The first-ever Soundtrap EDU Summit, beginning on September 28, is a free online experience dedicated to helping educators learn how to empower their students. Presenters for the event will include music and STEAM educators, student storytellers, and digital media creators, discussing topics from creativity to music, podcasting, and storytelling ― among many others.
Blogger, author, speaker, and educator Matt Miller has partnered with Soundtrap to present the Summit. The author of four books ― including Ditch That Textbook and Don’t Ditch That Tech ― and co-host of the Google Teacher podcast, Miller is known for encouraging educators to use technology and creative ideas in teaching. His expertise in these areas is perfectly aligned with the aims of the Summit, an event that comes at a perfect time during the COVID-19 pandemic when educators are feeling burnt out, but also are in need of easy-to-access online professional development.
When teachers struggle to adapt their classes, often one of the first things to go is a joy ― whether they mean it or not. The ideas shared in the summit will help educators bring joy back to learning no matter what their current situation” – Matt Miller, Organizer of the Soundtrap EDU Summit.
“The Soundtrap EDU Summit is a source of inspiration at a time in our world when educators are struggling and already beginning to burn out,” said Miller. “It will deliver practical teaching ideas that educators can use in class immediately. In short, by participating in the Soundtrap EDU Summit, educators can gain fresh excitement about their profession and strategies to empower all students to share their voices with the world.”
What can you expect from the Soundtrap EDU Summit?
After the Summit begins on September 28, participants will receive an email each day with a new video presentation, which can be watched on-demand. Speakers will include music and STEAM educators, student storytellers, digital media creators, and more. Creativity, music, podcasting, and storytelling are just some of the relevant topics that will be covered.
Matt Miller also shared a preview of the Summit in a recent Q&A with edCircuit, including some of the practical skills educators can expect to learn and the reasons why this content is so timely. Part of the Q&A is below:
When thinking about all the presenters and sessions that will be part of the Soundtrap EDU Summit, what are a few of the practical skills educators can expect to develop by participating?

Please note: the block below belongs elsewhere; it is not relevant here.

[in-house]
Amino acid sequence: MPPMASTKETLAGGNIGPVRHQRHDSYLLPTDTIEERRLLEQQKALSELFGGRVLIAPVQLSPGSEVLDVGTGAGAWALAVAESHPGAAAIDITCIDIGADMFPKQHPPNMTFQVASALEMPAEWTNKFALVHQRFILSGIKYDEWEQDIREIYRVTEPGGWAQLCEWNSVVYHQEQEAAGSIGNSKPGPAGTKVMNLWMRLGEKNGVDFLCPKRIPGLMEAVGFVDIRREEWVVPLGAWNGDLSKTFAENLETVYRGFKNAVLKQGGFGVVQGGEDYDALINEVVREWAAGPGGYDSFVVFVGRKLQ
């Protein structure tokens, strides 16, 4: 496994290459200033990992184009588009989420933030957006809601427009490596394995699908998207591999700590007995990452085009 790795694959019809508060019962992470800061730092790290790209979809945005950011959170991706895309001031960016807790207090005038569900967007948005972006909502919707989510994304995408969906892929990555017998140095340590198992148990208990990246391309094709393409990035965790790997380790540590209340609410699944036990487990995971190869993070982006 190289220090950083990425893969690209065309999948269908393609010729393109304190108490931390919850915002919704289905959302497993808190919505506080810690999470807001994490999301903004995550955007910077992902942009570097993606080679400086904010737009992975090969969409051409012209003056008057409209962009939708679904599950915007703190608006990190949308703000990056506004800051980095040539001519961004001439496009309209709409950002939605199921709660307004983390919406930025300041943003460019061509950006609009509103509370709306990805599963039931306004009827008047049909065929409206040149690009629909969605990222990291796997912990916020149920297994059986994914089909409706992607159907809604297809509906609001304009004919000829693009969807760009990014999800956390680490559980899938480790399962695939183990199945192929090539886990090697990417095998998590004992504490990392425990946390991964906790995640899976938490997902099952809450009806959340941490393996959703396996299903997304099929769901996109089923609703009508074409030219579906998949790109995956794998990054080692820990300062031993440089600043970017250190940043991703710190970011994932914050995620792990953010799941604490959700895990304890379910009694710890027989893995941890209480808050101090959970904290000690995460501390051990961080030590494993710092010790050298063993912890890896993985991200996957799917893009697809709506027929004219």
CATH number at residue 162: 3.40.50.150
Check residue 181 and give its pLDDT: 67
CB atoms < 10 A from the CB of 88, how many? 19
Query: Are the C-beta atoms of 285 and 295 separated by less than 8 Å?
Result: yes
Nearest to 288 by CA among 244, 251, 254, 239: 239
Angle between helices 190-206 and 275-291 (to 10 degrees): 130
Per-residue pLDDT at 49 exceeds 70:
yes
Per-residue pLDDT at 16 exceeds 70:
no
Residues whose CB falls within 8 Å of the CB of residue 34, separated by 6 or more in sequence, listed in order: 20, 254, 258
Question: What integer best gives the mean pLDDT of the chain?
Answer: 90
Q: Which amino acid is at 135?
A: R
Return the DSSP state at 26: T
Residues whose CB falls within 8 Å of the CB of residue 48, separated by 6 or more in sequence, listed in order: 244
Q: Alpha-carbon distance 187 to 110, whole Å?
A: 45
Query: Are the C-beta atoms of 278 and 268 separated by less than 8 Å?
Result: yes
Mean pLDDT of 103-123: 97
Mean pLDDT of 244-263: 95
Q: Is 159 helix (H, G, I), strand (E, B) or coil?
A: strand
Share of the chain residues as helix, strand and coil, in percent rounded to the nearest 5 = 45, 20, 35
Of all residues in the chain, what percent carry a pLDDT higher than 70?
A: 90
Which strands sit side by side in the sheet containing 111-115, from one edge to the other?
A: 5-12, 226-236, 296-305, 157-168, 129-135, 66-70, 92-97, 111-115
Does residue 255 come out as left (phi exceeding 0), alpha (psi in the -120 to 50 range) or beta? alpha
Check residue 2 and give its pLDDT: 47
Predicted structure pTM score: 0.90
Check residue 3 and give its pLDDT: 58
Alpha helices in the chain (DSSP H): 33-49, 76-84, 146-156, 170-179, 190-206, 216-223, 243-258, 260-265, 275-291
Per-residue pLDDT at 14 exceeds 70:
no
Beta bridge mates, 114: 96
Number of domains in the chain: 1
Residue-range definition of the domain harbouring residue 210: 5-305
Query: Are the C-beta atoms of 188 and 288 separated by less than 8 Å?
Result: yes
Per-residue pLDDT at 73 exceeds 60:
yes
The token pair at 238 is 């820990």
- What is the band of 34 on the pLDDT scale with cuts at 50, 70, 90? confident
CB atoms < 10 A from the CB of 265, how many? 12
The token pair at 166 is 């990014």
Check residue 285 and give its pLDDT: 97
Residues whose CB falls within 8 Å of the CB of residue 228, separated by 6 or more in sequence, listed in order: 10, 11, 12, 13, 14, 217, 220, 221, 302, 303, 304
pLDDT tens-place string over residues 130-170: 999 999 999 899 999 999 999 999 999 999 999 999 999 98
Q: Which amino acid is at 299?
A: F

Matt Miller: All of the presenters in the summit have their own experience and skillsets, but they all come back to a handful of things that educators can expect in the summit.
First, educators can expect to take away practical “use in class tomorrow” teaching ideas by watching the sessions. Each presenter was asked for concrete ways to teach creatively, and they responded in a big way. In some sessions, they shared more than a dozen ideas you can try.
Second, educators can expect to find ways to help their students develop and amplify their voices. This comes in a variety of forms, from improving their spoken voice to using their voices to push for social change.
Third, educators can expect to find new and creative ways to bring music into the classroom. There’s a lot for music educators, but it’s not just for music educators. Whether you teach Spanish or science or second grade, you’ll find ways to incorporate a medium that students love ― music ― into what you do.
After several months of remote instruction already, and with many teachers still facing the challenges of remote teaching, or some form of hybrid instruction, for the foreseeable future, what makes the Soundtrap EDU Summit timely according to teachers’ needs?
Matt Miller: So many of the presenters in the summit have noticed the challenges that have come from pandemic-era teaching. It’s a topic that is near and dear to their hearts, and they want to help. Many of the suggestions and classroom ideas shared by presenters in the summit can be used in face-to-face, remote, or hybrid learning environments. Many of the ideas can be done in synchronous situations where everyone is present (face-to-face or via video conferencing), and many work in asynchronous situations (working on them on your own time). Many presenters mentioned that joy and excitement should be an important part of the classroom environment, and that’s especially true right now. When teachers struggle to adapt their classes, often one of the first things to go is a joy ― whether they mean it or not. The ideas shared in the summit will help educators bring joy back to learning no matter what their current situation.